$\|\tanh(\dot\xi_1)\|\leq1$ and the boundedness of $M_{12}$, $M_{13}$, $M_{11}^{-1}$ and $M_{31}^{-1}$ mean that there exist bounded constants $\varpi_1$, $i=1, 2, 3$, such that

$ \begin{align*} &\left\|\left[ \begin{array}{c} \tanh(\dot\xi_1)M^{-1}_{31}\Gamma_{21}+\tanh(\dot\xi_1)M^{-1}_{11}M_{12} \\ \tanh(\dot\xi_1)M^{-1}_{31}\Gamma_{22}+\tanh(\dot\xi_1)M^{-1}_{11}M_{13}\\ \end{array} \right]^{\rm T}\right\|\leq\varpi_1\\ &\|M^{-1}_{11}\|\leq\varpi_2, ~ \|M^{-1}_{31}\|\leq\varpi_3. \end{align*} $

With these in mind and using Assumption 3, we finally get

$ \begin{align} &\dot V_2 \leq-\lambda_{\min}(K)\|r\|^2+\iota(t)+\frac{\Theta^2\delta(t)}{4\gamma}+\varpi_3(L_3(\|\omega_d\|+\epsilon_1)+\notag\\ &\qquad L_4)+\varpi_2(L_1(\|\omega_d\|+\epsilon_1)+L_2)+\notag\\ &\qquad \varpi_1(\|[\ddot\xi_{2d}^{\rm T}, \ddot\xi_{3d}^{\rm T}]^{\rm T}\|+\epsilon_2). \end{align} $ (26)

Let $p=\varpi_3(L_3(\|\omega_d\|+\epsilon_1)+L_4)+\varpi_2(L_1(\|\omega_d\|+\epsilon_1)+L_2)+ \varpi_1(\|[\ddot\xi_{2d}^{\rm T}, \ddot\xi_{3d}^{\rm T}]^{\rm T}\|+\epsilon_2)$, when $\|r\|\geq\sqrt{\frac{2(\varepsilon+p)}{(\lambda_{\min}(K))}}$, one has $\dot V_2\leq0$. Furthermore, $r$ can be arbitrarily small by choosing a proper $K$. Therefore, the $\xi_1$-subsystem (11) is stable.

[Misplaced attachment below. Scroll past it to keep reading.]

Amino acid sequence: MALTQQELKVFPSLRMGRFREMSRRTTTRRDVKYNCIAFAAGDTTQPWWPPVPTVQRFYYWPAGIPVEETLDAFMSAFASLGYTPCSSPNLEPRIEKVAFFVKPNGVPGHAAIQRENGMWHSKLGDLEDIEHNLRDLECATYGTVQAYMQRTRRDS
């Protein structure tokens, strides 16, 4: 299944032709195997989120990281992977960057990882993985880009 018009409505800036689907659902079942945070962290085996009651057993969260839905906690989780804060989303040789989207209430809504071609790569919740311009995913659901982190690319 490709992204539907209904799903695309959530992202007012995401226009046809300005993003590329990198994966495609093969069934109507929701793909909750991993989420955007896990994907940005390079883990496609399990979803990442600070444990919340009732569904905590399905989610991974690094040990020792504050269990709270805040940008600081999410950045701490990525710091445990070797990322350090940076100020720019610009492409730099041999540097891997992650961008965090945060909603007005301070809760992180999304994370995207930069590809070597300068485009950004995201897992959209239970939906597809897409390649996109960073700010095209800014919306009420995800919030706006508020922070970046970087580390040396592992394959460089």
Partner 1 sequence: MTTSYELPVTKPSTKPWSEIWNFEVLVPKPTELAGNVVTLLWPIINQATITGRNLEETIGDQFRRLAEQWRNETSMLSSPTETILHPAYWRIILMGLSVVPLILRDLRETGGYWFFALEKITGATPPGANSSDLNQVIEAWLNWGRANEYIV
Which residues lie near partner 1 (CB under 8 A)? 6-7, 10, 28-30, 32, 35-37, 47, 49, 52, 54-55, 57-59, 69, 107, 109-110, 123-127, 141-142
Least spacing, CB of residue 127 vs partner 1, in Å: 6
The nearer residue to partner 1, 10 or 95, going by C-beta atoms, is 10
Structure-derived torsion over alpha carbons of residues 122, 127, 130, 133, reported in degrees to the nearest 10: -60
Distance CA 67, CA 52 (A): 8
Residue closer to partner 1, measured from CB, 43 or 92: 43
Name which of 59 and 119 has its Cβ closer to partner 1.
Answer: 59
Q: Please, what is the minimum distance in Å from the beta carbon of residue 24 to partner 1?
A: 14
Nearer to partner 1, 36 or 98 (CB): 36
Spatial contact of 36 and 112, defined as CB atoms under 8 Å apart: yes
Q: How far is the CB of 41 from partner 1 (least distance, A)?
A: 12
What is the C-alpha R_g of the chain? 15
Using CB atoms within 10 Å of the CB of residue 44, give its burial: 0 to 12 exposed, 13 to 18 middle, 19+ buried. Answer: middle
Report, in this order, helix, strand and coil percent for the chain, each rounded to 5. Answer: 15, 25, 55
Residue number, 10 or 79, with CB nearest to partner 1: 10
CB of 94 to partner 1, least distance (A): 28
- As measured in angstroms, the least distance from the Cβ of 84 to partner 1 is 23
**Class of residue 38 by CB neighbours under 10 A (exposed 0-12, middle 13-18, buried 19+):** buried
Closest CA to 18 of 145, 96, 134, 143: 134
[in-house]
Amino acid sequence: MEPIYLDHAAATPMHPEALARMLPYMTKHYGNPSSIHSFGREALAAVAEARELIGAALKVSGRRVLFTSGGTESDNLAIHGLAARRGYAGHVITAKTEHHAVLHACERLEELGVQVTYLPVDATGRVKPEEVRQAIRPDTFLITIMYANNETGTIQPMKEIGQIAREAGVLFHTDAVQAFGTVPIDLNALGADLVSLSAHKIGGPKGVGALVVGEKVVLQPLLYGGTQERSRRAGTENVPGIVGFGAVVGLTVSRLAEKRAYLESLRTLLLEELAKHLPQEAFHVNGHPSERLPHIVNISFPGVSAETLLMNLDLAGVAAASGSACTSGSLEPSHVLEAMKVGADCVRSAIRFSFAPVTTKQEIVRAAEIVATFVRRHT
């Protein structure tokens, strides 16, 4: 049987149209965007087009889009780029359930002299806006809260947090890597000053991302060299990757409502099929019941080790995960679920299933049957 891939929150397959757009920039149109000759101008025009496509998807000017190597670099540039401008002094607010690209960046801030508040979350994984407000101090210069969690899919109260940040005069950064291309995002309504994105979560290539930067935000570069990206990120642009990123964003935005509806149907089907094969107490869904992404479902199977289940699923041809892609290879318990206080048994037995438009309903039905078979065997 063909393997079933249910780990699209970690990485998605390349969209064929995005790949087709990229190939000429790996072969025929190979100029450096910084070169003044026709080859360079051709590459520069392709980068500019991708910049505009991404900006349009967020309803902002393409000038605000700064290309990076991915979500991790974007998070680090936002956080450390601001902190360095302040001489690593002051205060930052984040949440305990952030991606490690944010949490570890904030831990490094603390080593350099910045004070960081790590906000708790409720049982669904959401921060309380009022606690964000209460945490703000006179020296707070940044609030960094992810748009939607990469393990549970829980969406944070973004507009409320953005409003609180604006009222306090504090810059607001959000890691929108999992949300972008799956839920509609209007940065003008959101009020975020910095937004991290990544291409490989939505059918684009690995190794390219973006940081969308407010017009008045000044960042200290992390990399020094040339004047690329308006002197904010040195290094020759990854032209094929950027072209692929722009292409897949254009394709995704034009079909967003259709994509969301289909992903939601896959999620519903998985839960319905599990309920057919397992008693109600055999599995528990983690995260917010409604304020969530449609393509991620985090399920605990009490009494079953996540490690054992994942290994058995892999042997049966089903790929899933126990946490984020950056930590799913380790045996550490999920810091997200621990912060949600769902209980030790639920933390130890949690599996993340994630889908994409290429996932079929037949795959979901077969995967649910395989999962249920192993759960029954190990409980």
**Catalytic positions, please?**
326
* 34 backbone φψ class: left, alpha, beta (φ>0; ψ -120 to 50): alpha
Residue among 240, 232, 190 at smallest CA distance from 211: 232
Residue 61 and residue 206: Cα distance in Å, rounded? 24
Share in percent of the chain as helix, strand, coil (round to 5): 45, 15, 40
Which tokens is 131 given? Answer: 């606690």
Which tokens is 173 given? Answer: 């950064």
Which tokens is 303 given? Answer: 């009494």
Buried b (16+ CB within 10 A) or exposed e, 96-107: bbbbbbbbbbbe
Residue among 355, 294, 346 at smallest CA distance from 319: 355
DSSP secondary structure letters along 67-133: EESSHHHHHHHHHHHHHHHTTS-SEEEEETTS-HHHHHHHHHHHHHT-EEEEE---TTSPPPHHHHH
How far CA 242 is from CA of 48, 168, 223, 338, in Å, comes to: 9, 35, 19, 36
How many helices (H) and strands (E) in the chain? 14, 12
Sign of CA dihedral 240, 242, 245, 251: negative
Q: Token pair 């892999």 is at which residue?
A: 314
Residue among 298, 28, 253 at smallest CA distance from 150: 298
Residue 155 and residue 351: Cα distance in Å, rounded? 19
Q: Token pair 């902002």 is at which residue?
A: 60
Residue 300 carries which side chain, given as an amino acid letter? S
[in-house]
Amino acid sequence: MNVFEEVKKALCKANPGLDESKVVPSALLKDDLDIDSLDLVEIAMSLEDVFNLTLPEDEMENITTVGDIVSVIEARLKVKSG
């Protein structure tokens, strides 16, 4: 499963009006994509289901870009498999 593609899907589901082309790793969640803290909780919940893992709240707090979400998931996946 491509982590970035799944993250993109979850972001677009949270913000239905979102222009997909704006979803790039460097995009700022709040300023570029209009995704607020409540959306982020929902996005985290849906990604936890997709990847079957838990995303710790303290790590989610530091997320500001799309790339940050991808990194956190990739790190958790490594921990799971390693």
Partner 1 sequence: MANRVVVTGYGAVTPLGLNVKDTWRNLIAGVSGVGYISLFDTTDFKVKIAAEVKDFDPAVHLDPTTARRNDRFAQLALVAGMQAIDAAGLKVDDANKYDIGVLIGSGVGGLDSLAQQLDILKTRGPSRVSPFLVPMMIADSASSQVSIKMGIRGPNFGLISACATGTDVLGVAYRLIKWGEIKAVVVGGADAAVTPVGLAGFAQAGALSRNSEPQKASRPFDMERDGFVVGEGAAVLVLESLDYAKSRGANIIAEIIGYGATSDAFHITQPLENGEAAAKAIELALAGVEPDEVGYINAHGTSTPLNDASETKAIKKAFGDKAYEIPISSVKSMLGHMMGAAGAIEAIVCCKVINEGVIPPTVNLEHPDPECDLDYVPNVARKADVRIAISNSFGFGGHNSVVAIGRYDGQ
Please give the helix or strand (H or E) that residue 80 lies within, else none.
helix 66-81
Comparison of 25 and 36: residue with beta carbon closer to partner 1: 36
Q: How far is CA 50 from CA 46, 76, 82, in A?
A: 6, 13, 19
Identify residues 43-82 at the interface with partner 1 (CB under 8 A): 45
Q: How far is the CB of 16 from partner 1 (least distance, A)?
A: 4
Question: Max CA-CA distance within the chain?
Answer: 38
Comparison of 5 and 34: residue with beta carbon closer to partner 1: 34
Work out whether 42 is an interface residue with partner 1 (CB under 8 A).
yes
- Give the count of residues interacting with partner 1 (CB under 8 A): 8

Theorem 1. Consider the mobile manipulators described by (3) with affine constraints (1). Using the adaptive control laws (16) and (17), the following are guaranteed:

1) The output tracking errors $e_{y}$ and $\dot e_{y}$ of $\xi_2$ and $\xi_3$ subsystems converge to 0 as $t\to \infty$.

2) The $\xi_1$-subsystem (11) is stable and $e_{l}$, $\tau$ in the closed-loop system are bounded for all $t\geq0$.

4 Simulation example

In this section, computer simulation is conducted to examine the performance of the tracking controller for the mobile manipulator as shown in Fig. 2. According to the Euler-Lagrangian equations, the following standard form can be obtained.

$ \begin{align*} &q_b=[q_{b_1}, \, q_{b_2}, \, q_{b_3}]^{\rm T}, ~[q_{u}, \, q_{a}]^{\rm T}=[\theta_1, \, \theta_2]^{\rm T}\\ &M_b=\left[ \begin{array}{ccc} m_{b12}& 0&m_{12}d\cos q_{b_3} \\ 0&m_{b12} &-m_{12}d\sin q_{b_3} \\ m_{12}d\cos q_{b_3} &-m_{12}d\sin q_{b_3}&I_{b12}+m_{12}d^2 \\ \end{array} \right]\\ &M_m=\left[ \begin{array}{cc} I_{12}&0 \\ 0&I_2 \\ \end{array} \right], M_{mb}=\left[ \begin{array}{ccc} 0&0&I_{12} \\ 0&0&0 \\ \end{array} \right], M_{bm}=M_{mb}^{\rm T} \end{align*} $
$ \begin{align*} &C_b=\left[ \begin{array}{ccc} 0&0 &-m_{12}\dot q_{b_3} d\sin q_{b_3} \\ 0&0 &-m_{12}\dot q_{b_3} d\cos q_{b_3} \\ 0&0&0 \\ \end{array} \right], C_{mb}=0, C_{bm}^{\rm T}=C_{mb}\\ &G_b=0, G_m=[0, \, m_2gl_2\sin\theta_2]^{\rm T}, F_b=[f_{b_1}, \, f_{b_2}, \, f_{b_3}]^{\rm T}\\ &B_b=\left[ \begin{array}{cc} -\cos q_{b_3} &-\cos q_{b_3} \\ \sin q_{b_3} &-\sin q_{b_3}\\ -\frac{l}{2}&\frac{l}{2} \\ \end{array} \right], ~~\tau_b=\left[ \begin{array}{c} \tau_r \\ \tau_l \\ \end{array} \right], ~~\tau_a=\tau_1. \end{align*} $
Fig. 2. 2-DOF manipulator mounted on boat